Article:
Purchase: iTunes | Insound | Amazon

When pre-release songs from No Devolución started streaming online, certain fans decried the notable change in Thursday’s sound. The band has steadily inched from intense to atmospheric since the introduction of synthesizers in A City by the Light Divided. Two albums later, the synths are now the defining part of the sound. Contrary to these fans’ response, though, this style, when coupled with their best lyrics in years, feels like a natural progression that is still a perfect fit for the band.

“No Answers” is most demonstrative of this new sound, with drums backing thick synths and only minimal, yet still effective, guitars until the chorus. The atmosphere created by these perfectly-balanced textures complements the lyrics, which give a feeling of both intimacy and reluctant distance.

More often than not, the guitars take backseat to the other instruments in general, not just the synths. The drums and heavy, active bass drive the music much more frequently than they ever used to, such as in “A Darker Forest” and the U2-reminiscent “Sparks Against the Sun.”

This is not to say that the band has completely abandoned its post-hardcore roots, however. “Open Quotes” is purely vintage Thursday, faltering only when it hits the underwhelming chorus. “Turnpike Divides” pays homage not only to their New Jersey origins, but their earlier sound with heavier guitars and the blend of singing and screaming in the chorus.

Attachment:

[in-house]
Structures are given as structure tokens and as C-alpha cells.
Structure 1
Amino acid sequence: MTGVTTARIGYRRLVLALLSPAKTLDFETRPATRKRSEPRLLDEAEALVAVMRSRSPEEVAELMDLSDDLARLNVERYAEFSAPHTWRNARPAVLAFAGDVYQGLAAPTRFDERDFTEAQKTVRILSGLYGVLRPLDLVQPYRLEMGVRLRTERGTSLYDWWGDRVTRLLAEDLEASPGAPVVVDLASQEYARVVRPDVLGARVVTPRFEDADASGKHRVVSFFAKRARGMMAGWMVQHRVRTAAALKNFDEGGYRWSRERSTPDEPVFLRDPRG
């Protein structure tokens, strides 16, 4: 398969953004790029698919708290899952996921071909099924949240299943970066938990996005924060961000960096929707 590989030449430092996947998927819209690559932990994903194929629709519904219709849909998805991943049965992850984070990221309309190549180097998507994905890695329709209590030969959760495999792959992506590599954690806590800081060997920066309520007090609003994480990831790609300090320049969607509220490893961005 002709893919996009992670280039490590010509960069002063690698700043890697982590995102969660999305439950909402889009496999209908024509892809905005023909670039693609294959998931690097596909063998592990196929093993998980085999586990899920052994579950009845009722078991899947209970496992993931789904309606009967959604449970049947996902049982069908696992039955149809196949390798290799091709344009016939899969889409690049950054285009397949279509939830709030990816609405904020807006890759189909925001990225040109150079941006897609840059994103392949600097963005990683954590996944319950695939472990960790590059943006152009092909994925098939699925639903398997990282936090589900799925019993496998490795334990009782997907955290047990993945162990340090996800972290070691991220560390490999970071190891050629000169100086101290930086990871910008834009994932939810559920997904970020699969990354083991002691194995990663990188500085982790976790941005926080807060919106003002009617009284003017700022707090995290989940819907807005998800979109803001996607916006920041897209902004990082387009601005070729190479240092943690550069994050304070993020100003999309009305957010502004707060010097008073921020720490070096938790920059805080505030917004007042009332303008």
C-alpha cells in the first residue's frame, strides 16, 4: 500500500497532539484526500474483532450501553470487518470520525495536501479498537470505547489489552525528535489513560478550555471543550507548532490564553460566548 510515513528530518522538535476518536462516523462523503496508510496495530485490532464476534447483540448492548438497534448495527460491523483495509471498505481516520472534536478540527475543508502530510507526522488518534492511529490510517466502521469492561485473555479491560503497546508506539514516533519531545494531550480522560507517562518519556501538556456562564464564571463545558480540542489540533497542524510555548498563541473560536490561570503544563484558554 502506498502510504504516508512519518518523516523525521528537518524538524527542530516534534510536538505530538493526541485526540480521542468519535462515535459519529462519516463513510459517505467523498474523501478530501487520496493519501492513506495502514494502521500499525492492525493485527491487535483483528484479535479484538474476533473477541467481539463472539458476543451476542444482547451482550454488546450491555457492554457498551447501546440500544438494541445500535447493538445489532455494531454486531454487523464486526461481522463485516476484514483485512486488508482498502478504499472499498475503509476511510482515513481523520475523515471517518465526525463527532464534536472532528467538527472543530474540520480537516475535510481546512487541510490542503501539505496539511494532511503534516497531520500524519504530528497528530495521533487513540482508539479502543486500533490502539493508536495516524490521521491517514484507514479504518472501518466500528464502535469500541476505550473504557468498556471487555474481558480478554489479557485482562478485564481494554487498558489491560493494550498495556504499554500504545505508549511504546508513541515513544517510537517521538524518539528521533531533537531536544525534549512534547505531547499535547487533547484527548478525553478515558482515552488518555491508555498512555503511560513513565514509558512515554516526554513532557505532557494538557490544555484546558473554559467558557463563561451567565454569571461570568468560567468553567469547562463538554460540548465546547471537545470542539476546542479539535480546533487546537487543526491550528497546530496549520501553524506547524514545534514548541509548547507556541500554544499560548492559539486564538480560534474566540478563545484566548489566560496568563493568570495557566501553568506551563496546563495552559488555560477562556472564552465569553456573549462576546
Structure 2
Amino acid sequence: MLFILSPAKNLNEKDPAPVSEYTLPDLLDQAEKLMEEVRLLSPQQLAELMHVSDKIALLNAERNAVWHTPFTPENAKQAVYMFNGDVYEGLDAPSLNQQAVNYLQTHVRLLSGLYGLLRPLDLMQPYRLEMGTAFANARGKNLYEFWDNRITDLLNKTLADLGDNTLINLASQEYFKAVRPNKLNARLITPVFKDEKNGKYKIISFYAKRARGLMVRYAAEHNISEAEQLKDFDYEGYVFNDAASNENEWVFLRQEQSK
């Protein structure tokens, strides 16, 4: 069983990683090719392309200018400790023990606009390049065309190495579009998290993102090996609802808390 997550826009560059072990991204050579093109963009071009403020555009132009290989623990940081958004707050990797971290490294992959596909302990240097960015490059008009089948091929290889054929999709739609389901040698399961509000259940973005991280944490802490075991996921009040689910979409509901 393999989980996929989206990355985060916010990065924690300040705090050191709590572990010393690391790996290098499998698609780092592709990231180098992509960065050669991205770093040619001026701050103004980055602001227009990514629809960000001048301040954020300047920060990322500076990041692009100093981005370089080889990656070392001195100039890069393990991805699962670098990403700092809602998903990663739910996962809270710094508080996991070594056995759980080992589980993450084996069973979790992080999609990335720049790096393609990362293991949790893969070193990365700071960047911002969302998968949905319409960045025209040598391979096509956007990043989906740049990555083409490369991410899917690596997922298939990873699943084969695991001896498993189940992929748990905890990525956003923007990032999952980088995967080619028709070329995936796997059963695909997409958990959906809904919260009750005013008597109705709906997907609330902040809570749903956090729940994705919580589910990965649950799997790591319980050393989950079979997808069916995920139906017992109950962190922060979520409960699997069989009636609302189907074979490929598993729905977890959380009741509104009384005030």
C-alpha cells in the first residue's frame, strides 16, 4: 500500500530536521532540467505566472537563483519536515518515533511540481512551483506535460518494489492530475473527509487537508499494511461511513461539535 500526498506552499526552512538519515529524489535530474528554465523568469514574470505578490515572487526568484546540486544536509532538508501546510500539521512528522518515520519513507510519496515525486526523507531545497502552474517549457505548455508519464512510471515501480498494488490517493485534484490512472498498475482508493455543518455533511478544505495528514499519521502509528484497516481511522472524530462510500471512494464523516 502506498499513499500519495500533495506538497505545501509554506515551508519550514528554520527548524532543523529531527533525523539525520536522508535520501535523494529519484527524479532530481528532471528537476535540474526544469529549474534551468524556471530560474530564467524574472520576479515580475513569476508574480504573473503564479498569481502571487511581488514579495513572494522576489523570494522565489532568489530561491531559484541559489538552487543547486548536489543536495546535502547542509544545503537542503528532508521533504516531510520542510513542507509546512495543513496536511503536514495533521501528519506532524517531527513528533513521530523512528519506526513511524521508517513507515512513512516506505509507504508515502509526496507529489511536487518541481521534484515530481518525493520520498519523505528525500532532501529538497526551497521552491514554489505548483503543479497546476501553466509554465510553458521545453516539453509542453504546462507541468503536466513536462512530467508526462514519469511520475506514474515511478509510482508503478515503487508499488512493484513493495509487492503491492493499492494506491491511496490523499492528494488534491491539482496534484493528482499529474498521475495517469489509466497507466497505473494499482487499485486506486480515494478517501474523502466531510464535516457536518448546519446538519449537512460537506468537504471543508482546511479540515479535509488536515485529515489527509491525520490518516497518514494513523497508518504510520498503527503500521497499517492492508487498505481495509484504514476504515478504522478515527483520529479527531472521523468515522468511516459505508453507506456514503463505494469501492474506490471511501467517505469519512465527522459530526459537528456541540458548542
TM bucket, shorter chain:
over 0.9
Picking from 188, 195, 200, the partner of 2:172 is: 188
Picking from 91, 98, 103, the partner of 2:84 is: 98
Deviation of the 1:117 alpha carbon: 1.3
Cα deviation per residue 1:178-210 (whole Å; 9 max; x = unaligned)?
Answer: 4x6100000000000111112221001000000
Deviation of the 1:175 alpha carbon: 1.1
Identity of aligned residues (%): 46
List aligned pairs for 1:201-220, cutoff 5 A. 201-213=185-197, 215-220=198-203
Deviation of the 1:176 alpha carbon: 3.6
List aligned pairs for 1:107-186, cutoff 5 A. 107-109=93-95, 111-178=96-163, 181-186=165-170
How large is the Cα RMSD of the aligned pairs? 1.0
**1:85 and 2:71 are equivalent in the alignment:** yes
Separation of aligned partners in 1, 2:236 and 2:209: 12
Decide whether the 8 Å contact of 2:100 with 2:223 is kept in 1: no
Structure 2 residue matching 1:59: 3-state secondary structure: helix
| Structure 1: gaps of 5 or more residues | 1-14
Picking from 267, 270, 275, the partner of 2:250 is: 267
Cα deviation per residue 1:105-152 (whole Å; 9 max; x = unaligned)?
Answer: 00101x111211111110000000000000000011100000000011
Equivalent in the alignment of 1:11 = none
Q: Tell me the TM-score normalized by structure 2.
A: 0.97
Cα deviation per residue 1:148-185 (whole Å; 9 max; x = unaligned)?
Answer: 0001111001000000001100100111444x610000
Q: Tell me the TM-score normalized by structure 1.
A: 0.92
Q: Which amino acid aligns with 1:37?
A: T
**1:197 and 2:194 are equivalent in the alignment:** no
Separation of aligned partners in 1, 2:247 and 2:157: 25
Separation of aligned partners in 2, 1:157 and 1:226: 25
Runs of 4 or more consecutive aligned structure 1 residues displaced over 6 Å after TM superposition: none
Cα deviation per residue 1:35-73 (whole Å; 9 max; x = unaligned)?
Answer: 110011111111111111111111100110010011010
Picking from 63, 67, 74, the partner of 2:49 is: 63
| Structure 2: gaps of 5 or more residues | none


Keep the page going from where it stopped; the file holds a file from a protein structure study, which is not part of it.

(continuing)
The balance between heavy and atmospheric has produced some of Thursday’s best songs in years. “Sparks Against the Sun” mixes a distorted bass line with an meaningful piano progression to create a song that’s engaging before the singing even begins. The pre-chorus is extended so listeners can bask in the music before building up with a two measure synth line, leading to a powerful chorus.

“Past and Future Ruins” begins with a minute of anticipatory guitars and atmospheric noises until the intense drums kick in. The vocals and drums carry the song until the explosive chorus, which culminates in some of the darkest music and loudest howling that Thursday has every produced. Adding to this power are the excellent lyrics, a lamentation of our increasingly artificial culture.